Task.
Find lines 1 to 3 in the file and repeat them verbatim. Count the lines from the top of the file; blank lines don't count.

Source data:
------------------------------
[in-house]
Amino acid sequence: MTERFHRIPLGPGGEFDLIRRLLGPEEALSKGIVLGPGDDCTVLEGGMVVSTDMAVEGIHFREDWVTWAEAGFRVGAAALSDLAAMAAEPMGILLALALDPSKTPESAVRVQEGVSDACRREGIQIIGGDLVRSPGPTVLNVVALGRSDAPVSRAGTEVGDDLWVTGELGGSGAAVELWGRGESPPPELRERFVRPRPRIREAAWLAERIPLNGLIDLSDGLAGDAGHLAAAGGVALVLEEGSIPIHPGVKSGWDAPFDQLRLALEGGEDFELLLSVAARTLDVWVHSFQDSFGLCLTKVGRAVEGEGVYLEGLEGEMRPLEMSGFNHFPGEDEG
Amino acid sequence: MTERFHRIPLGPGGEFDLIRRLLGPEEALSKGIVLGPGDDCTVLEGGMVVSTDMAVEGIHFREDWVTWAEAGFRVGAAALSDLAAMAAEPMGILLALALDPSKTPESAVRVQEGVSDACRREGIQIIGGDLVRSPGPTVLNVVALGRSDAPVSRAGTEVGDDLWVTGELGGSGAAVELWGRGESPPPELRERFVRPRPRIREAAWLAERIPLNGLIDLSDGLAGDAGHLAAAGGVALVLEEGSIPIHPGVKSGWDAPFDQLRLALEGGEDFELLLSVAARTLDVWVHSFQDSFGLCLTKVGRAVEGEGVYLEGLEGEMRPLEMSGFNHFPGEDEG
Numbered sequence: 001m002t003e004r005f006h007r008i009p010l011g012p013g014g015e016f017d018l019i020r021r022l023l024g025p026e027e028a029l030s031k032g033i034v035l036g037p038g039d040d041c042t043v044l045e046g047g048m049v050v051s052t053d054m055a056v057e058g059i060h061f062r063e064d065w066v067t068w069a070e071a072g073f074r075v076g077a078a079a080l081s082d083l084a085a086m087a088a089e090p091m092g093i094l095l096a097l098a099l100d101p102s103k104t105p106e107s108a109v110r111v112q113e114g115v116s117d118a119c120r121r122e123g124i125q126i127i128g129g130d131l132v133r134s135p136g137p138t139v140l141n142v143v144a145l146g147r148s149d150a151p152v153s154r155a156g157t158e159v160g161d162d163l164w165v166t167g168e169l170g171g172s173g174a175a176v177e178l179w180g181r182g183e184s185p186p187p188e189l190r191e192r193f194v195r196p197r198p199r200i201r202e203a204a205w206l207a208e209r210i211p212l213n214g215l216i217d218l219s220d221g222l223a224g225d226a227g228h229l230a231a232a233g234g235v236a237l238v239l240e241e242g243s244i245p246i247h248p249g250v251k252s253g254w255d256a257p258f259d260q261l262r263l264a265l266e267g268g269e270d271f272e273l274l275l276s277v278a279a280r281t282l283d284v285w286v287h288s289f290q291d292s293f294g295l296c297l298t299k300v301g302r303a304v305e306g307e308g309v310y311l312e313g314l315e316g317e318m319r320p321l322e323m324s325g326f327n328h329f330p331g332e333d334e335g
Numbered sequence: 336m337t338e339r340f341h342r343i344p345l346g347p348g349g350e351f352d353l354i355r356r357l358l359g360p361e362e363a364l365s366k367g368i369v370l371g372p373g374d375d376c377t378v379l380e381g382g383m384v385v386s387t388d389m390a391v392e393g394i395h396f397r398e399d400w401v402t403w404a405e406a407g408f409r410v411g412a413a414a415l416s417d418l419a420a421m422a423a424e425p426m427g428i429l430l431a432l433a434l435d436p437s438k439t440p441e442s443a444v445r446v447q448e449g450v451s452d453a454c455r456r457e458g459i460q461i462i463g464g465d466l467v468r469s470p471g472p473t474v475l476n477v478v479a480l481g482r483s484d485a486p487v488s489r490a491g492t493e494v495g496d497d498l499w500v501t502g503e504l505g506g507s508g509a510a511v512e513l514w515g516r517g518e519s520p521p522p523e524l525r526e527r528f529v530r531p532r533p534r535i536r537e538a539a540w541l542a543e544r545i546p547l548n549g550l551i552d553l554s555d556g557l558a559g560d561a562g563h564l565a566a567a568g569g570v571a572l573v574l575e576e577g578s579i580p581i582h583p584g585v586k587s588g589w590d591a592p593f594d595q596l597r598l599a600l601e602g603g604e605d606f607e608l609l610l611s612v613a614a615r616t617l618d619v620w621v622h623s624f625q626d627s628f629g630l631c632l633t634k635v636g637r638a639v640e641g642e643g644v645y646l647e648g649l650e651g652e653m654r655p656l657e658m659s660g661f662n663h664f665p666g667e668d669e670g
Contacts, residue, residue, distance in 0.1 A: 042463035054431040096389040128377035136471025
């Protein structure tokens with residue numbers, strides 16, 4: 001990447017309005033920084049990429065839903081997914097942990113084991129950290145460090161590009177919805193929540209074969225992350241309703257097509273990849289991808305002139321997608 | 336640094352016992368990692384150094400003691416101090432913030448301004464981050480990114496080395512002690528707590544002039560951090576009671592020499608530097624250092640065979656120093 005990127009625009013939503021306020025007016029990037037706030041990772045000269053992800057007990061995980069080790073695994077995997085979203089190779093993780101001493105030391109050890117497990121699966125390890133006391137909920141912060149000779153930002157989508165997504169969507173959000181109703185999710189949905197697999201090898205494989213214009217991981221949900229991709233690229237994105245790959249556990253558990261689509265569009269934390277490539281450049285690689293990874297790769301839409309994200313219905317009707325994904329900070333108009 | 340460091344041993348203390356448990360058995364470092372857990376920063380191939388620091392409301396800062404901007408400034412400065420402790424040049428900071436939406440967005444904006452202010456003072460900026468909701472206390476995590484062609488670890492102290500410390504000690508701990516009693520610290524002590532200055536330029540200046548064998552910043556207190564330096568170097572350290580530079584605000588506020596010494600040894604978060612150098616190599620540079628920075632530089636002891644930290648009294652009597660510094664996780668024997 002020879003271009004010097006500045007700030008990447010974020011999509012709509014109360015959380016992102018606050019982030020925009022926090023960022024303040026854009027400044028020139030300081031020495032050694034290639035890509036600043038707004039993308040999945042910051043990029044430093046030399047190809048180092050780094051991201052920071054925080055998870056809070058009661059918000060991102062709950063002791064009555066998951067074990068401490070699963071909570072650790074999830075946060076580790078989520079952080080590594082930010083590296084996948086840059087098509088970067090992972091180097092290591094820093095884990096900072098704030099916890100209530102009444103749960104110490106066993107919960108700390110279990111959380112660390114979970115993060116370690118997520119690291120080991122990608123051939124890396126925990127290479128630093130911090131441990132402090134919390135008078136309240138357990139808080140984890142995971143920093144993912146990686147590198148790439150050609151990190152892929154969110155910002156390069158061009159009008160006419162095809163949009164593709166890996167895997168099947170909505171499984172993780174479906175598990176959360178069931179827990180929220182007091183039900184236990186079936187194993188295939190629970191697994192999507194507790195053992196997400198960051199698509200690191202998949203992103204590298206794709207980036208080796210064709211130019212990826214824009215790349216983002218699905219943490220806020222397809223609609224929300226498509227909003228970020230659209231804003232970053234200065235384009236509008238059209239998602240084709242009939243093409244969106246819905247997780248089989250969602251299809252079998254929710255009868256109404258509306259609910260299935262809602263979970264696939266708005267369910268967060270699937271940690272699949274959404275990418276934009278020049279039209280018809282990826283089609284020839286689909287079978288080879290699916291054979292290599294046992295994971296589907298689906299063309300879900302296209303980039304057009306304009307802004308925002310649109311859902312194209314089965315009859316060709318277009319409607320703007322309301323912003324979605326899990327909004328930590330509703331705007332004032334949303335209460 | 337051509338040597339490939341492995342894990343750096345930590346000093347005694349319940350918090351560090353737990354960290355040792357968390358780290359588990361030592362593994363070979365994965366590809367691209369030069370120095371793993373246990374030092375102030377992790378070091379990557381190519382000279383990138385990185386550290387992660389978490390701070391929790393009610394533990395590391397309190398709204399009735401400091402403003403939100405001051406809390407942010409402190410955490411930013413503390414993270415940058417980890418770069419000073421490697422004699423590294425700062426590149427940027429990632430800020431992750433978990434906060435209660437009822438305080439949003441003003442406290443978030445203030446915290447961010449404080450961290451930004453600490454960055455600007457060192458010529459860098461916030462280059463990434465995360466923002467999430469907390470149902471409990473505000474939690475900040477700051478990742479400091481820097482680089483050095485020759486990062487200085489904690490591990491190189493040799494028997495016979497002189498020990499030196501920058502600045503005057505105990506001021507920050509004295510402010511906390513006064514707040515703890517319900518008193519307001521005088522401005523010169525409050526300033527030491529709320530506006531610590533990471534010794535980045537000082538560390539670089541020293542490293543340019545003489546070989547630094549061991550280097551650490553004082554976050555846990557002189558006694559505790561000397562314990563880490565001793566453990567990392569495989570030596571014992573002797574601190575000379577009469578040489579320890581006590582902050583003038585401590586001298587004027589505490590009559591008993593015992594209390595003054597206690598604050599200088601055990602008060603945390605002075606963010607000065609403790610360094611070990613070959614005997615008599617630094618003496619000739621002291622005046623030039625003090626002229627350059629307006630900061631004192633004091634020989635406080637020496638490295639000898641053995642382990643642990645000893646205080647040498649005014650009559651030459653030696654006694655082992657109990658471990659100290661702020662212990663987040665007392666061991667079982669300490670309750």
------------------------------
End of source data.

[in-house]
Amino acid sequence: MTERFHRIPLGPGGEFDLIRRLLGPEEALSKGIVLGPGDDCTVLEGGMVVSTDMAVEGIHFREDWVTWAEAGFRVGAAALSDLAAMAAEPMGILLALALDPSKTPESAVRVQEGVSDACRREGIQIIGGDLVRSPGPTVLNVVALGRSDAPVSRAGTEVGDDLWVTGELGGSGAAVELWGRGESPPPELRERFVRPRPRIREAAWLAERIPLNGLIDLSDGLAGDAGHLAAAGGVALVLEEGSIPIHPGVKSGWDAPFDQLRLALEGGEDFELLLSVAARTLDVWVHSFQDSFGLCLTKVGRAVEGEGVYLEGLEGEMRPLEMSGFNHFPGEDEG
Amino acid sequence: MTERFHRIPLGPGGEFDLIRRLLGPEEALSKGIVLGPGDDCTVLEGGMVVSTDMAVEGIHFREDWVTWAEAGFRVGAAALSDLAAMAAEPMGILLALALDPSKTPESAVRVQEGVSDACRREGIQIIGGDLVRSPGPTVLNVVALGRSDAPVSRAGTEVGDDLWVTGELGGSGAAVELWGRGESPPPELRERFVRPRPRIREAAWLAERIPLNGLIDLSDGLAGDAGHLAAAGGVALVLEEGSIPIHPGVKSGWDAPFDQLRLALEGGEDFELLLSVAARTLDVWVHSFQDSFGLCLTKVGRAVEGEGVYLEGLEGEMRPLEMSGFNHFPGEDEG